The First MNs

Kendra Phillips: Passion for Patient Care

“I have a deep love for patient interaction and care,” she says. “My desire is to treat and care for patients, not prioritize the diseases and conditions.”

Phillips currently works as a clinical trials associate at Vanderbilt University Medical Center. She often meets with patients, but feels she is limited in her ability to offer support. Through her job, however, she found herself wanting to be more involved with patient care.

“That experience sparked a desire in me to want to take that next step into nursing,” she says. “I want to become the nurse who is also the educator and resource connector, who helps patients have better health outcomes.”

Phillips looks forward to the opportunity to one day educate and influence patients in ways that not only treat symptoms, but improve their lives.

“Nursing is unique in that we are skilled in providing care that is holistic, patient centered and considers the social determinants of health,” she says. “Being knowledgeable about medical conditions, procedures and external factors influencing patient health is what makes this career special. We are the eyes on the ground and, in some cases, the glue of the health care system.”

As she works her way through the MN program, Phillips is excited about becoming a registered nurse and about how her understanding of health care has grown. She says she values this time where she is able to explore the many different kinds of nursing RNs can do. She intends to use that exploration to help her determine her future and one day, step into the role of an advanced practice nurse.

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Sarah Patton: Empathy and Connection

Sarah Patton

After graduating with a bachelor’s degree in health sciences and a medical Spanish minor under her belt, Sarah Patton took on the role of patient care coordinator at a bariatric surgery clinic. As she became more exposed to the medical assistant role, she found joy in meeting patients one-on-one and building relationships. Looking for opportunities to build upon this experience, Patton has found an occupation in which she can form personal connections through health care practices.

Following inspiration from a family friend in the health care field, Patton was drawn to nursing and applied for Vanderbilt’s new master of nursing program. She says she appreciated the emphasis on health equity and was drawn to its holistic approach.

Having previously studied public health, she had already been exposed to social determinants of health—and she also had first-hand knowledge of how it impacts people. Patton describes how her mother moved to a rural town with an underserved population, with no access to health care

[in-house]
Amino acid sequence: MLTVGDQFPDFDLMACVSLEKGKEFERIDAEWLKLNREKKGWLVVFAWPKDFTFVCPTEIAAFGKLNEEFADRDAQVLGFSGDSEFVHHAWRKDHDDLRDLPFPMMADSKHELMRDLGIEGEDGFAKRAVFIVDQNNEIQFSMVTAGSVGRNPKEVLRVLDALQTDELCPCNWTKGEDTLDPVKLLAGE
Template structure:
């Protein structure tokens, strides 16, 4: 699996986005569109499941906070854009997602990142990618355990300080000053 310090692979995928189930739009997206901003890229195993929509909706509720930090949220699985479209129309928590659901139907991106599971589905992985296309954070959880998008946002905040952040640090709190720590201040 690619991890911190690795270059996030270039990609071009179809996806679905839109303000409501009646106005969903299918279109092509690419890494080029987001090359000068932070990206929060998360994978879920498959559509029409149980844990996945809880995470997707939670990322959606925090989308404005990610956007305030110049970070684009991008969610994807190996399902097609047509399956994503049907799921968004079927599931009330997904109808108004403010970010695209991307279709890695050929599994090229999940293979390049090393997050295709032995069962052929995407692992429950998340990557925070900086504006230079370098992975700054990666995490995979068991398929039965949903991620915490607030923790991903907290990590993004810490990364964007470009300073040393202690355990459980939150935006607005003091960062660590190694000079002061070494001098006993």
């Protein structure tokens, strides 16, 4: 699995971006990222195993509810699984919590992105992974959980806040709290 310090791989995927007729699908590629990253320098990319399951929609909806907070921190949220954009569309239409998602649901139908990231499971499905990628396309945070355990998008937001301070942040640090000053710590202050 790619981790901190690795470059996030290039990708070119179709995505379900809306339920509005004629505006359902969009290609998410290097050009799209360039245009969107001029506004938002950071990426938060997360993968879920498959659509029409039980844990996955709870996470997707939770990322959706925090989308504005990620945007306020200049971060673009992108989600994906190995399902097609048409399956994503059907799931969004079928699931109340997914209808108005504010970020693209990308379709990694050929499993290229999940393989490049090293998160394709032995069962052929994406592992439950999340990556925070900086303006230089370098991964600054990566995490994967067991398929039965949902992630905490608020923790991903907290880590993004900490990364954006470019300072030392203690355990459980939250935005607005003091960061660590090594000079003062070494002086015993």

for many miles, and how that influenced the community. She says she observed firsthand how one person could impact
the population.

Patton has been embracing the full impact of her MN program and its enriching experiences. These opportunities have included using advanced technologies that create a realistic simulation for students to better relate to their geriatric patients, such as by utilizing virtual reality headsets to simulate hearing or vision loss. Through these encounters, Patton says she gains an invaluable perspective and empathy toward those receiving care.

Alicja Lanfear: The Science of Nursing

Alicja Lanfear moved to the United States from Australia on a tennis scholarship in 2002. Since then, she received her PhD in forensic anthropology, compiled vast research, and worked as a professor at Middle Tennessee State University and the University of Tennessee.

For more than ten years, Lanfear’s expertise has focused on human biology and brought her a great deal of experience and accolades. Not only is she a distinguished forensic anthropologist, but she is also a wife and mother.

Before entering the VUSN program, Lanfear had been a technician and certified medical assistant at Vanderbilt University Medical Center, where she “fell in love with the hospital.” She appreciates that the MN program curriculum has “started right out the gate.” Lanfear says she hopes to gain a few years of critical nurse experience before possibly pursuing an advanced nursing practice specialty.

With her background in forensic anthropology, Lanfear feels that she is well-prepared to take on the nursing process. Her intuition is to question, prompt and seek reasoning—all essential components of critical thinking in nursing. Lanfear relishes how nursing can blend her critical thinking skills with empathic and holistic practices. She also appreciates how her courses are providing her with new experiences and realizations.

“The most impactful experience, so far, was getting dressed in a kit with tension hands that simulate arthritis, having weights on and feeling how it is to move as if I were a senior,” she says. “There’s the factor of how much energy and intention of movement has to happen before the actual movement takes place. That was interesting to see. I didn’t realize how much energy it takes even to initiate movement for our aged population.”

Profiles by Judy Campbell and Tatum Lyles Flick

Photos by Caroline Taylor

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Features Summer 2023